Christchurch-based company programs top-selling Steam game

Forge is a new kind of game, made from pieces of an old kind of game. Several old kinds of games, actually. And it's running hot on Steam

Forge is a new kind of game, made from pieces of an old kind of game. Several old kinds of games, actually. And it's running hot on Steam.

Forge was conceived by indie developer Dark Vale Games in San Diego, California, and completed with the help of our own Digital Confectioners in Christchurch. It outwardly appears to be a high fantasy MMO - if you've ever played an MMO you'll recognise the strip of nine abilities at the bottom of the screen that take time to charge up after you fire one off, and when your character spawns into a large, cinematic fantasy environment you'll feel right at home. But if you've never played a shooter in your life and you can't aim down a crosshair... well, you might struggle.

The Kiwi lads at Digital Confectioners have been running the company for a couple of years now, and have done the coding for Forge, as well as some of the technical art. The company consists of three guys - co-founders James Tan and Sam Evans, and Neil Reynolds.

The company was called in to work on Forge six months ago. Previously another company had been hired to do the programming, but "basically there wasn't enough getting done", Reynolds told PC World over Skype.

Digital Confectioners was chosen for its expertise with the Unreal game engine, and James Tan even once worked for the engine's creators, Epic Games. In six months, Reynolds and Evans programmed the entire game - Reynolds the gameplay and Evans the user interfaces.

"We basically started from scratch on the programming side of things," Reynolds said. "We have done all of the programming."

The game's artwork was done by a third studio, SuperGenius, which is based in Portland, Oregon.

When the game launched on 4 December it was missing some features. At the time of writing, it was only possible to choose a random game type, rather than pick a specific one such as team deathmatch. ("We held off on allowing people to split between different servers based on gametype as we knew that though being forced to play Random could be frustrating to some, it paled in comparison to the frustration of playing on servers that seemed empty," said Dark Vale Games.)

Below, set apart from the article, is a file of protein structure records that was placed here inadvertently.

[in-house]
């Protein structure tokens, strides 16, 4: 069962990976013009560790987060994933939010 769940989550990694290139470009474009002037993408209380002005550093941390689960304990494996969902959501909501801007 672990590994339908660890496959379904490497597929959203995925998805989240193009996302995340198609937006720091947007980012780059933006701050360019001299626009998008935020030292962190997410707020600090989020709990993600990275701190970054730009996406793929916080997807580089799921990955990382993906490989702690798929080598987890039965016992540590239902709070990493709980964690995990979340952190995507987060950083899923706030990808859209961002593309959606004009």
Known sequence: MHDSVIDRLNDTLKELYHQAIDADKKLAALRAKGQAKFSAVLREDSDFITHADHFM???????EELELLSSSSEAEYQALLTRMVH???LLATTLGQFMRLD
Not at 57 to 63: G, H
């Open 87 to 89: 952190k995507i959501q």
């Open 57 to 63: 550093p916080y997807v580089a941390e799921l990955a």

Some of the community features were also missing. Upcoming features also include Steam achievements and stats, a new map, and an 'Arena' mode where players will have but one life to live.

Despite those missing features, the game has garnered a positive critical reception, and a user rating of 8.5 on review aggregator Metacritic.

"We've been pretty lucky. I think people have been cutting us a bit of slack for the fact that we are a smaller indie group, so we can't launch with everything, feature-wise, already done. So that's been kinda nice," said Sam Evans.

"If we had the $100 million budget of a much larger team obviously there'd be a lot more features [at launch], but a lot of stuff is still planned to come over time."

But Forge almost didn't get off the ground at all. The game began its public life as a failed Kickstarter project - Dark Vale Games asked for $300,000 to finish development and users pledged only around $76,000. Despite that setback, Forge appeared on Steam Greenlight, where users of the digital distribution service Steam vote on which games will be sold. The people voted; Forge went on sale.

And since the 4th, it's consistently been in the top ten best-selling games on Steam. It sat in the number two spot for a couple of days, too - right below triple-A title Far Cry 3.

Forge will eventually cost gamers a one time fee of US$40, but right now costs US$20 for two copies of the game.

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Tags gamingNew ZealandgamessupergeniusDigital Confectionersdark vale gamesforge

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Siobhan Keogh

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